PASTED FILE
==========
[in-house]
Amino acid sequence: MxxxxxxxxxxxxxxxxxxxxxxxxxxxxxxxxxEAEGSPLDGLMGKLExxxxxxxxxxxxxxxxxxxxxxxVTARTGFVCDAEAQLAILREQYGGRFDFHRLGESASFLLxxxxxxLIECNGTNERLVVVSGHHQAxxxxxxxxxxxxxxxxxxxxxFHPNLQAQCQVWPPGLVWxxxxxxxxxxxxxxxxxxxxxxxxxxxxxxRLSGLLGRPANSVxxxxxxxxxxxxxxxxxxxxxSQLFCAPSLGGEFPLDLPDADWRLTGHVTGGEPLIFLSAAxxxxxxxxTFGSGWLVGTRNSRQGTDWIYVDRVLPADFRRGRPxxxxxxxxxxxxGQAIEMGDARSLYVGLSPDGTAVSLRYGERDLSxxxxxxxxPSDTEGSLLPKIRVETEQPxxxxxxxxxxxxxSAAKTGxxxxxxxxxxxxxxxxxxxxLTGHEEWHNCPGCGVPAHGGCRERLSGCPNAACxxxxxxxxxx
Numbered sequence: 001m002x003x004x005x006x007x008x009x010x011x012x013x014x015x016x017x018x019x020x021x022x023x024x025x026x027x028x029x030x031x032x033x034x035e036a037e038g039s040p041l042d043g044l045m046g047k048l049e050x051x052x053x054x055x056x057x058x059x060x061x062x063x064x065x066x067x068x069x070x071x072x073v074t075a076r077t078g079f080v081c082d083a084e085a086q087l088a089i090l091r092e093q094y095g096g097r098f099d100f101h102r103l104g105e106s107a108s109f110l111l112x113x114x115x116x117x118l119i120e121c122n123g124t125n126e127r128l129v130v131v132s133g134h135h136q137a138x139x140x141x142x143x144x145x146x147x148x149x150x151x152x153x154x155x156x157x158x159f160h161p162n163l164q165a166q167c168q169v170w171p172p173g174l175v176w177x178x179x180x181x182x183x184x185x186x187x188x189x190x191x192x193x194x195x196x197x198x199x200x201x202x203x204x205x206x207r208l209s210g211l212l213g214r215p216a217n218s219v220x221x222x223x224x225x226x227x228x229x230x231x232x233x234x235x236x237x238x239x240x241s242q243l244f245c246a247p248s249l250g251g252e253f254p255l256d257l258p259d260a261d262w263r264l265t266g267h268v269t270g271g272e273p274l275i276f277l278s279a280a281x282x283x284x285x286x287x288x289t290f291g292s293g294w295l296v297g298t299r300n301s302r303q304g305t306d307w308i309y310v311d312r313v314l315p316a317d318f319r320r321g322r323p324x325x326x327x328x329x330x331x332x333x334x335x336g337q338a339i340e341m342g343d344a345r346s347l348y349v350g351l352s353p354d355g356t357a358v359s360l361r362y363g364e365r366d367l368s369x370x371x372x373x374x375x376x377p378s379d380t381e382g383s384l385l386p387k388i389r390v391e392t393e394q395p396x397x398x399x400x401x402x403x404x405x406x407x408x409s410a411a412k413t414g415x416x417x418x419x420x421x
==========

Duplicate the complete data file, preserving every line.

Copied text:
[in-house]
Amino acid sequence: MxxxxxxxxxxxxxxxxxxxxxxxxxxxxxxxxxEAEGSPLDGLMGKLExxxxxxxxxxxxxxxxxxxxxxxVTARTGFVCDAEAQLAILREQYGGRFDFHRLGESASFLLxxxxxxLIECNGTNERLVVVSGHHQAxxxxxxxxxxxxxxxxxxxxxFHPNLQAQCQVWPPGLVWxxxxxxxxxxxxxxxxxxxxxxxxxxxxxxRLSGLLGRPANSVxxxxxxxxxxxxxxxxxxxxxSQLFCAPSLGGEFPLDLPDADWRLTGHVTGGEPLIFLSAAxxxxxxxxTFGSGWLVGTRNSRQGTDWIYVDRVLPADFRRGRPxxxxxxxxxxxxGQAIEMGDARSLYVGLSPDGTAVSLRYGERDLSxxxxxxxxPSDTEGSLLPKIRVETEQPxxxxxxxxxxxxxSAAKTGxxxxxxxxxxxxxxxxxxxxLTGHEEWHNCPGCGVPAHGGCRERLSGCPNAACxxxxxxxxxx
Numbered sequence: 001m002x003x004x005x006x007x008x009x010x011x012x013x014x015x016x017x018x019x020x021x022x023x024x025x026x027x028x029x030x031x032x033x034x035e036a037e038g039s040p041l042d043g044l045m046g047k048l049e050x051x052x053x054x055x056x057x058x059x060x061x062x063x064x065x066x067x068x069x070x071x072x073v074t075a076r077t078g079f080v081c082d083a084e085a086q087l088a089i090l091r092e093q094y095g096g097r098f099d100f101h102r103l104g105e106s107a108s109f110l111l112x113x114x115x116x117x118l119i120e121c122n123g124t125n126e127r128l129v130v131v132s133g134h135h136q137a138x139x140x141x142x143x144x145x146x147x148x149x150x151x152x153x154x155x156x157x158x159f160h161p162n163l164q165a166q167c168q169v170w171p172p173g174l175v176w177x178x179x180x181x182x183x184x185x186x187x188x189x190x191x192x193x194x195x196x197x198x199x200x201x202x203x204x205x206x207r208l209s210g211l212l213g214r215p216a217n218s219v220x221x222x223x224x225x226x227x228x229x230x231x232x233x234x235x236x237x238x239x240x241s242q243l244f245c246a247p248s249l250g251g252e253f254p255l256d257l258p259d260a261d262w263r264l265t266g267h268v269t270g271g272e273p274l275i276f277l278s279a280a281x282x283x284x285x286x287x288x289t290f291g292s293g294w295l296v297g298t299r300n301s302r303q304g305t306d307w308i309y310v311d312r313v314l315p316a317d318f319r320r321g322r323p324x325x326x327x328x329x330x331x332x333x334x335x336g337q338a339i340e341m342g343d344a345r346s347l348y349v350g351l352s353p354d355g356t357a358v359s360l361r362y363g364e365r366d367l368s369x370x371x372x373x374x375x376x377p378s379d380t381e382g383s384l385l386p387k388i389r390v391e392t393e394q395p396x397x398x399x400x401x402x403x404x405x406x407x408x409s410a411a412k413t414g415x416x417x418x419x420x421x